PALM HARBOR, Fla. -- Former South Florida football coach Jim Leavitt wants his job back, insisting his dismissal for allegedly striking one of his players and then lying about the incident was unwarranted.
"The allegations were misreported. I said that from day one, and I don't care how long it takes, I'm in this for my life -- my name, my reputation, my family," Leavitt said Monday during a news conference at the office of his attorneys.
"I want to coach this football team, this is the greatest job in the country, this is the greatest place to live, these guys are special, and I love my players, and I'm going to battle for my players in every way I can."
Leavitt was fired last week after a university investigation concluded he grabbed one his players by the throat, slapped the athlete in the face and then lied about what occurred during halftime of a game against Louisville on Nov. 21.
The school is standing by its findings.
"We believe the reviewers, both internal and external, were fair, thorough and professional in finding that the head coach crossed a line in terms of his conduct," vice president of communications Michael Hoad said.
Leavitt would not discuss specifics of the incident, citing legal reasons. Asked if he choked and slapped a player, the coach said: "Absolutely not. I've said that from day one."
While some USF boosters would like to see the school offer the position to Dungy, it is possible he is simply acting as a consultant.
In the presence of USF assistants, Dungy told the players that he had once been fired and the Bucs had gone on to win a Super Bowl the next year.
Among the coaches who have been mentioned as possible candidates to succeed Jim Leavitt are: Southern Miss coach Larry Fedora, Temple coach Al Golden, former Clemson coach Tommy Bowden, Michigan offensive coordinator Calvin Magee, East Carolina coach Skip Holtz and Houston coach Kevin Sumlin.
Leavitt just finished the second season of a seven-year, $12.6 million contract extension that calls for a base salary of $800,000 in 2010.
The terms of the contract stipulate if fired with cause Leavitt is entitled to one month's base pay, in this case $66,667. If fired without cause, the university would owe him 75 percent of what he's owed for the remainder of the contract.
Prior to the news conference, the law firm of Florin Roebig released a statement on behalf of Leavitt, saying the firing "is contrary to the terms of his contract" and violates the coach's constitutional rights.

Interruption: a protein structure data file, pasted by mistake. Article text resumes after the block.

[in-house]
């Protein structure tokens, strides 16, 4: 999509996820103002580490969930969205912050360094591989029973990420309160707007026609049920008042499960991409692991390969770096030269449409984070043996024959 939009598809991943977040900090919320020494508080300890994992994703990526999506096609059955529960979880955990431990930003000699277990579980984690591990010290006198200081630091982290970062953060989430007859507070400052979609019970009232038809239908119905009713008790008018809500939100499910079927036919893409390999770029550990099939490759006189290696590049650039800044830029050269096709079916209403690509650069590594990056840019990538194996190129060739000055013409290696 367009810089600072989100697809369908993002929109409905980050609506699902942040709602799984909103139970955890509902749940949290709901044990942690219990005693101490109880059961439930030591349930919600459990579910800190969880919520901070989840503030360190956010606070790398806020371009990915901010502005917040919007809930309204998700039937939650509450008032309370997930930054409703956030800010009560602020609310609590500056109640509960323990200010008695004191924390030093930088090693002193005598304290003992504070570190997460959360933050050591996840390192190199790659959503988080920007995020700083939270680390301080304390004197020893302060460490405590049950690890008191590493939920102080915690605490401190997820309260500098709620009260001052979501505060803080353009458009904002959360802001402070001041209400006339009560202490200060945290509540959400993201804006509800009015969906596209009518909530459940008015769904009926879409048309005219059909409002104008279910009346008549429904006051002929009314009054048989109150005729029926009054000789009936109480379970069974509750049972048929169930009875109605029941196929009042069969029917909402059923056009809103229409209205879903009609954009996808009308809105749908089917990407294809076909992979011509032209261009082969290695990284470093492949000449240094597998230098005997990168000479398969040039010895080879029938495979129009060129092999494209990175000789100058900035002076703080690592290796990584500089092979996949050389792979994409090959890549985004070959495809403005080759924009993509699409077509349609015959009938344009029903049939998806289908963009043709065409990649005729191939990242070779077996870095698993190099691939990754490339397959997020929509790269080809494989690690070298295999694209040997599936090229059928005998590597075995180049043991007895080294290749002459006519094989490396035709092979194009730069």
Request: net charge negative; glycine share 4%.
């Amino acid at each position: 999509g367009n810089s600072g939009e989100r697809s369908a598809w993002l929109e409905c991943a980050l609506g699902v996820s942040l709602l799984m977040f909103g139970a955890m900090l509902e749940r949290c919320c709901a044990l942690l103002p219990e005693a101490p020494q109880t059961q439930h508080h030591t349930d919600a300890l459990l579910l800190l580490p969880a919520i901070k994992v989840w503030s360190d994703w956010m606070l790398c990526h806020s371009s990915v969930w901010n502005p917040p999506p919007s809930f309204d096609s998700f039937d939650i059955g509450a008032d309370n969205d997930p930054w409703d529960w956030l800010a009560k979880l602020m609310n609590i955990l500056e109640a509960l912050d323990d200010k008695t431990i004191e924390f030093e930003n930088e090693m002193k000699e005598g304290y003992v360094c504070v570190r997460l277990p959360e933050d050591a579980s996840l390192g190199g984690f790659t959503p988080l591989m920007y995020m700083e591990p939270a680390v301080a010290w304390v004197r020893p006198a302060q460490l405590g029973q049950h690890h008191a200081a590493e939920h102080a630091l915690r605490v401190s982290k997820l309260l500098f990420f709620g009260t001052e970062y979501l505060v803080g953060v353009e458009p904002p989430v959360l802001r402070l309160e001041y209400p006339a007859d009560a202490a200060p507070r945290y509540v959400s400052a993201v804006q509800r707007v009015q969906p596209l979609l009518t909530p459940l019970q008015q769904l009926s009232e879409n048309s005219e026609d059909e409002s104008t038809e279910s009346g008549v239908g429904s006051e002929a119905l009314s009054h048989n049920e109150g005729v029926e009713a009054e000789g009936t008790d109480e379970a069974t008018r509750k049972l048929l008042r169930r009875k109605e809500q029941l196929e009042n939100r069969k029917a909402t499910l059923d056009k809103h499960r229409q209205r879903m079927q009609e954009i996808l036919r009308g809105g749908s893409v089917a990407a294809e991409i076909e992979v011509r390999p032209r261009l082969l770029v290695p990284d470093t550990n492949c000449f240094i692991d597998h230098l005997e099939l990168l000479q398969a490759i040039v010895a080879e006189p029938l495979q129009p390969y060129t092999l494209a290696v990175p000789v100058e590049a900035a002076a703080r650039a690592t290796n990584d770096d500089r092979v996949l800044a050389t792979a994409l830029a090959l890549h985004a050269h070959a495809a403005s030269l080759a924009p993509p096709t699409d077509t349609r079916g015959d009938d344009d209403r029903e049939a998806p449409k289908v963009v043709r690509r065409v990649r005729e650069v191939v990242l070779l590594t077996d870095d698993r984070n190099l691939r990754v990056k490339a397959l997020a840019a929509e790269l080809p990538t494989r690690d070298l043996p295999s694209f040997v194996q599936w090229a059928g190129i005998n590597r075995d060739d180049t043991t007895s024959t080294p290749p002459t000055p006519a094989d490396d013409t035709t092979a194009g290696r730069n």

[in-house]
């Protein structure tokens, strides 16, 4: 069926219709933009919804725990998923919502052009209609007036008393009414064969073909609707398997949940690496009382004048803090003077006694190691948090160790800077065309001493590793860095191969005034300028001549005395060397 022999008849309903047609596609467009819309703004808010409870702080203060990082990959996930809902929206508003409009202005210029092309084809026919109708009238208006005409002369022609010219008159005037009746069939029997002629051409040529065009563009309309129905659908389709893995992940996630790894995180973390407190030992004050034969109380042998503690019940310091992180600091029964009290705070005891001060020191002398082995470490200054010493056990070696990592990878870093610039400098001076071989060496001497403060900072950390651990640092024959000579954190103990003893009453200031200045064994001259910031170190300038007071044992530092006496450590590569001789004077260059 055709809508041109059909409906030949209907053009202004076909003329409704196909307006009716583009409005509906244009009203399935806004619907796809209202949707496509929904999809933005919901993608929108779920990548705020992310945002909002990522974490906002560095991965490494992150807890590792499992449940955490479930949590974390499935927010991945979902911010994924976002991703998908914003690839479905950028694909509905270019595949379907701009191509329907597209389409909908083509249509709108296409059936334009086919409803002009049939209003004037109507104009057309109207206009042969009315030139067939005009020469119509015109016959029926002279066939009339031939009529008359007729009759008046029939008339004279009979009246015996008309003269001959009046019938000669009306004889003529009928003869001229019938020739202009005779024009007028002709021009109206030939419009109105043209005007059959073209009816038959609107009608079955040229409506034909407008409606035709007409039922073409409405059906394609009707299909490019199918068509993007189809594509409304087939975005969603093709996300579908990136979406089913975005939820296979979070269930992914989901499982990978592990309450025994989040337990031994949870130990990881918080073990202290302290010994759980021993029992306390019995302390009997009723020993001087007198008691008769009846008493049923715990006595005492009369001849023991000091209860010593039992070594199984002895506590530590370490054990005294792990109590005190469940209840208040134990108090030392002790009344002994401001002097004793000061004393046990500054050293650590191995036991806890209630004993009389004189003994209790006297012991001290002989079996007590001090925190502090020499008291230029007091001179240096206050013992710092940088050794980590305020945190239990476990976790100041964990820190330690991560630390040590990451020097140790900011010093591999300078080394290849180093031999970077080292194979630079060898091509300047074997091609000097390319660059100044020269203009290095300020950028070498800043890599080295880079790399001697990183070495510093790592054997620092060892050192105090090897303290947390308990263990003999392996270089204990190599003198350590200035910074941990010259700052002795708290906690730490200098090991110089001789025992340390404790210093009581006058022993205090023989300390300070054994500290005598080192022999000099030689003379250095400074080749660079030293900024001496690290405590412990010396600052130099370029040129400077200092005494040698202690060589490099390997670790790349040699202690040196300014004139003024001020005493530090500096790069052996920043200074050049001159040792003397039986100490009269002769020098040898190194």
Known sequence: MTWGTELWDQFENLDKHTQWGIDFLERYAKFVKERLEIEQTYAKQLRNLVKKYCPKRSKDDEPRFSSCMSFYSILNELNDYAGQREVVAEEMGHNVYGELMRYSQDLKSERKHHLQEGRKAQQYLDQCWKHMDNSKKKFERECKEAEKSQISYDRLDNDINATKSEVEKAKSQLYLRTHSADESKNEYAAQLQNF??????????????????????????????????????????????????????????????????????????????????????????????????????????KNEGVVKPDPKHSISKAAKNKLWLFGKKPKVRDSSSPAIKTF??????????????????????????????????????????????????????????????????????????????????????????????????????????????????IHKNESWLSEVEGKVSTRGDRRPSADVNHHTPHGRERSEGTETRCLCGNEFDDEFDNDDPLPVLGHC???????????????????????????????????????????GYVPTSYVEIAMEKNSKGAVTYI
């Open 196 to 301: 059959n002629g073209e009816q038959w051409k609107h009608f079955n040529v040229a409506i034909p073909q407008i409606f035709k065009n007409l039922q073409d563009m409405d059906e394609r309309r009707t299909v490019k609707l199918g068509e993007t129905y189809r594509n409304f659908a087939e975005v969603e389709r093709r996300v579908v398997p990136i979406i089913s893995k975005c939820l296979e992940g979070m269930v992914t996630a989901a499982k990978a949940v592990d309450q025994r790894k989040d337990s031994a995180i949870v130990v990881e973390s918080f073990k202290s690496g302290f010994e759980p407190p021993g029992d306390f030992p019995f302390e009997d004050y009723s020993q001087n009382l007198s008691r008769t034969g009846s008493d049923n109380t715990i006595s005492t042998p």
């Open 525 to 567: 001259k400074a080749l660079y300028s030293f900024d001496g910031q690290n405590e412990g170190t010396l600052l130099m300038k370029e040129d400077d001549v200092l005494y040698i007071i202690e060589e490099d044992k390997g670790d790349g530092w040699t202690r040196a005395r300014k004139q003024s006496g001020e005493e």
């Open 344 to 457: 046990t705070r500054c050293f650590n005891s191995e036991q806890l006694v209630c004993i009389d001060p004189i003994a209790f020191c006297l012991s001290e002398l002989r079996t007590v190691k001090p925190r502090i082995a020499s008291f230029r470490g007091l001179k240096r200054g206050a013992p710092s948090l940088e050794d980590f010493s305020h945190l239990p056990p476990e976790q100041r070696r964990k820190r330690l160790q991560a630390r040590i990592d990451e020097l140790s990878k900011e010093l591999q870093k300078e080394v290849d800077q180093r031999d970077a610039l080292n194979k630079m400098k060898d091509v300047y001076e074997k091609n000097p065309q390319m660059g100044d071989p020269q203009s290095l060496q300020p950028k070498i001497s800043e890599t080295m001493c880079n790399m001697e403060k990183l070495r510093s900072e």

The statement said Leavitt "fully and voluntarily" cooperated with the university investigation and consistently denied any wrongdoing. It also noted the player and player's father had denied the coach acted improperly.
"Based upon the facts [rather than the conclusions] of the university's investigation," the statement continued, "Coach Leavitt's termination is unwarranted, and he deserves to be immediately reinstated in full to his former position."
Citing Joel Miller's father, high school coach and five USF players who were not identified, AOL FanHouse reported that Leavitt hit Miller because he was upset about a mistake the player made on special teams.
Miller's father later backtracked, telling reporters the coach did not strike his son but rather grabbed him by the shoulder pads while trying to motivate the player.
Leavitt, who started USF's program from scratch and had a 13-season record of 95-57, told investigators he has never struck a player. He said was trying to lift the spirits of a player who was "down" when he grabbed the player's shoulder pads during halftime of the Louisville game.
The probe concluded the coach's account was not credible because it was not supported by statements obtained from others, who either witnessed the incident or were told of it by the player.
Leavitt said his relationship with his players is the most important thing to him, adding he has remained at USF for so long because he loves his job, even though he has been offered other coaching jobs paying more money.
"I came here for $75,000 a year. I was making $95,000 at Kansas State. It never has been about money. I've been offered jobs for a lot more money than the University of South Florida paid," Leavitt said.
Asked why he would want to stay at a university that doesn't want him, the coach said it would be best for the program to keep the current staff together.
"That's not difficult for me," Leavitt said.
Information from ESPN's Joe Schad and The Associated Press was used in this report.